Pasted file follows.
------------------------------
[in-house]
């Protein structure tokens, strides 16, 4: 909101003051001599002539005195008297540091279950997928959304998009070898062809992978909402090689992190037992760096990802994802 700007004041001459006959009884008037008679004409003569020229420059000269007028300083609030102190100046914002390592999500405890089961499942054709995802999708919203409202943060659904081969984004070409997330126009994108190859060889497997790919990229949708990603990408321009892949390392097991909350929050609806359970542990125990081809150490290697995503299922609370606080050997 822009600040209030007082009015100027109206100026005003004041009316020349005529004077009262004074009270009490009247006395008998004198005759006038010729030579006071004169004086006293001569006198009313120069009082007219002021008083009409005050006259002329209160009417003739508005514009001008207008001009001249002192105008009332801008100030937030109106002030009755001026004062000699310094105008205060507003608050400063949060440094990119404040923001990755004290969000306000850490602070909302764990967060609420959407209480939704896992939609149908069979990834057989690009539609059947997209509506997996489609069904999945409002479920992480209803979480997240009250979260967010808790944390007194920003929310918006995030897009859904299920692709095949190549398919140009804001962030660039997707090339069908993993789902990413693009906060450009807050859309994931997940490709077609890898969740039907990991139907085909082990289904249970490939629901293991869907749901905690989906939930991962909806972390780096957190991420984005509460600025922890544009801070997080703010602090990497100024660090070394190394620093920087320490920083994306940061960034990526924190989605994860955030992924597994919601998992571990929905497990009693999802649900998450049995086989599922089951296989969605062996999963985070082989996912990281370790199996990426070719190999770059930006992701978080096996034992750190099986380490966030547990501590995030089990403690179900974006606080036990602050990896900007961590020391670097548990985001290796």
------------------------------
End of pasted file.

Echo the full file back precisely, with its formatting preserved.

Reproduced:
[in-house]
């Protein structure tokens, strides 16, 4: 909101003051001599002539005195008297540091279950997928959304998009070898062809992978909402090689992190037992760096990802994802 700007004041001459006959009884008037008679004409003569020229420059000269007028300083609030102190100046914002390592999500405890089961499942054709995802999708919203409202943060659904081969984004070409997330126009994108190859060889497997790919990229949708990603990408321009892949390392097991909350929050609806359970542990125990081809150490290697995503299922609370606080050997 822009600040209030007082009015100027109206100026005003004041009316020349005529004077009262004074009270009490009247006395008998004198005759006038010729030579006071004169004086006293001569006198009313120069009082007219002021008083009409005050006259002329209160009417003739508005514009001008207008001009001249002192105008009332801008100030937030109106002030009755001026004062000699310094105008205060507003608050400063949060440094990119404040923001990755004290969000306000850490602070909302764990967060609420959407209480939704896992939609149908069979990834057989690009539609059947997209509506997996489609069904999945409002479920992480209803979480997240009250979260967010808790944390007194920003929310918006995030897009859904299920692709095949190549398919140009804001962030660039997707090339069908993993789902990413693009906060450009807050859309994931997940490709077609890898969740039907990991139907085909082990289904249970490939629901293991869907749901905690989906939930991962909806972390780096957190991420984005509460600025922890544009801070997080703010602090990497100024660090070394190394620093920087320490920083994306940061960034990526924190989605994860955030992924597994919601998992571990929905497990009693999802649900998450049995086989599922089951296989969605062996999963985070082989996912990281370790199996990426070719190999770059930006992701978080096996034992750190099986380490966030547990501590995030089990403690179900974006606080036990602050990896900007961590020391670097548990985001290796």